Two Queensland schools are among 24 around the country which have been profiled by the nation's top curriculum body to uncover the secrets to NAPLAN success.

Kurwongbah State School in Petrie and Middle Park State School, southwest of Brisbane, are among 24 schools where student performance has improved significantly, which have been profiled by the Australian Curriculum Assessment and Reporting Authority (ACARA).

Explicit teaching, including using clear learning goals and success criteria for lessons, generating and analysing assessment data to inform teaching with highly specific approaches for each student, teacher professional development, and fostering teacher collaboration were common among schools with strong improvement.

The schools profiled were those that had achieved progress beyond what was expected, and are making strong gains year after year.

 

Middle Park State School Principal Anne Kitchin with students Ruth, Alex, Isabel, Dom, Miles, Poppy, Lila, and Oliver. Photographer: Liam Kidston.
Middle Park State School Principal Anne Kitchin with students Ruth, Alex, Isabel, Dom, Miles, Poppy, Lila, and Oliver. Photographer: Liam Kidston.

 

Middle Park State School implemented a whole-school literacy program with a reading to learn approach, a strong focus on writing, and gave teachers hours and hours of professional development as a way of boosting student improvement.

Principal Anne Kitchin said part of the school's approach over the past five years saw students move through the school with the same framework each year, helping them to improve.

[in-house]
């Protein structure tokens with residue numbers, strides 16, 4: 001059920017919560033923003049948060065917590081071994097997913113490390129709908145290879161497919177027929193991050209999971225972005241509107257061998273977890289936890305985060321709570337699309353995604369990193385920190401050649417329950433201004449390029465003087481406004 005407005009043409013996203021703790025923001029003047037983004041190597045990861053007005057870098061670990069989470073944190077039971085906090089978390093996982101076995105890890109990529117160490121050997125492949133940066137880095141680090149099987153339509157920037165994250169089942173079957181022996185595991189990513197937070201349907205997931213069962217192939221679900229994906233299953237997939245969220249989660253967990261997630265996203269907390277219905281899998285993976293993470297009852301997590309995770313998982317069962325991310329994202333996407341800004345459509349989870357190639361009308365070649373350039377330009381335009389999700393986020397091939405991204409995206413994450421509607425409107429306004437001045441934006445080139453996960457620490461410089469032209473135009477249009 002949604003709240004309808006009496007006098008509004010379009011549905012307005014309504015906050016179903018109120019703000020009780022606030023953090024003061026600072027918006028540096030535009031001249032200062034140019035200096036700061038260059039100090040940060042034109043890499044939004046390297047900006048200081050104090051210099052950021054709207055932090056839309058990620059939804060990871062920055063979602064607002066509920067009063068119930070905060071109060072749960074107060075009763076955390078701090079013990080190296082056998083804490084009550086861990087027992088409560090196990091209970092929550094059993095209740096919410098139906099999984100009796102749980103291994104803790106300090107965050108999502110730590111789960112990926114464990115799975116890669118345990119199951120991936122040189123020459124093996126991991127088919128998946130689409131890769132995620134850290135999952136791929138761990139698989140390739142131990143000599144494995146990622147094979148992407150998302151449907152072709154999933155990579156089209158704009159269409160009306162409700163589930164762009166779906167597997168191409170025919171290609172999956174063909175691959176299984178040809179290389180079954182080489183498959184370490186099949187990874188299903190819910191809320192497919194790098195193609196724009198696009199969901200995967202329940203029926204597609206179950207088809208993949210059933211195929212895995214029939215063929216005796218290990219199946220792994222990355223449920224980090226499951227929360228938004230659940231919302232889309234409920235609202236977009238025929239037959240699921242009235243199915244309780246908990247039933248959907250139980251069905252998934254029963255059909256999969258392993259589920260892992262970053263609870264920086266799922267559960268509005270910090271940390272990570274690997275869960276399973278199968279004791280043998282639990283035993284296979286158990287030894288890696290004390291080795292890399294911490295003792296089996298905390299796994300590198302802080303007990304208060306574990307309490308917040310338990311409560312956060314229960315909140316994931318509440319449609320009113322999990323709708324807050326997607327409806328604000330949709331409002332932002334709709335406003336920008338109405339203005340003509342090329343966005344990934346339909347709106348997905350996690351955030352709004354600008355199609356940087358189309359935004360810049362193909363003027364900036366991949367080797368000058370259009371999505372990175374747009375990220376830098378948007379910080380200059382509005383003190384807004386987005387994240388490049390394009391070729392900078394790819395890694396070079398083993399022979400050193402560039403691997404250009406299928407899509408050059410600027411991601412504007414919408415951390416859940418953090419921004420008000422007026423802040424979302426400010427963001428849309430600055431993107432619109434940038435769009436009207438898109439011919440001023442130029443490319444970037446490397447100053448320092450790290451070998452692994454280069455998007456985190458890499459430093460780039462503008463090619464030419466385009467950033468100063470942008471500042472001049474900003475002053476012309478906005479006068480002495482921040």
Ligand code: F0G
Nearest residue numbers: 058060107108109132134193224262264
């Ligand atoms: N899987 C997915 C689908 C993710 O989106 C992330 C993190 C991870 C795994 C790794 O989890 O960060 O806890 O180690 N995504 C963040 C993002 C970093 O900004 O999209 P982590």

"Teachers are taking data four times a year on children's writing and working on high-yield strategies to improve writing, they use that to inform their teacher.

"The teachers are working in teams to look at their own teaching impact, whether it's both in maths and in English, to measure their impact in teaching and where the kids need the most improvement

"So we're noticing kids coming up the school have that really strong literacy base."

ACARA chief executive David de Carvalho said looking for common approaches in schools with high improvement could bring to light practices that other schools could adopt.

"What we've done is approach schools that, taking into account where their students were two years previously as well as the school's level of socio-educational advantage, have achieved progress that is above what you'd expect. And they are doing it consistently, year after year," he said.

"So, the focus is on schools that are doing something intentional and systematic to achieve progress for their students."

Schools profiled across Australia were from government, Catholic and Independent sectors.

"The information provided by the schools indicates that some of them do use similar methods," he said.

Originally published as Qld schools probed in search for secret to NAPLAN success



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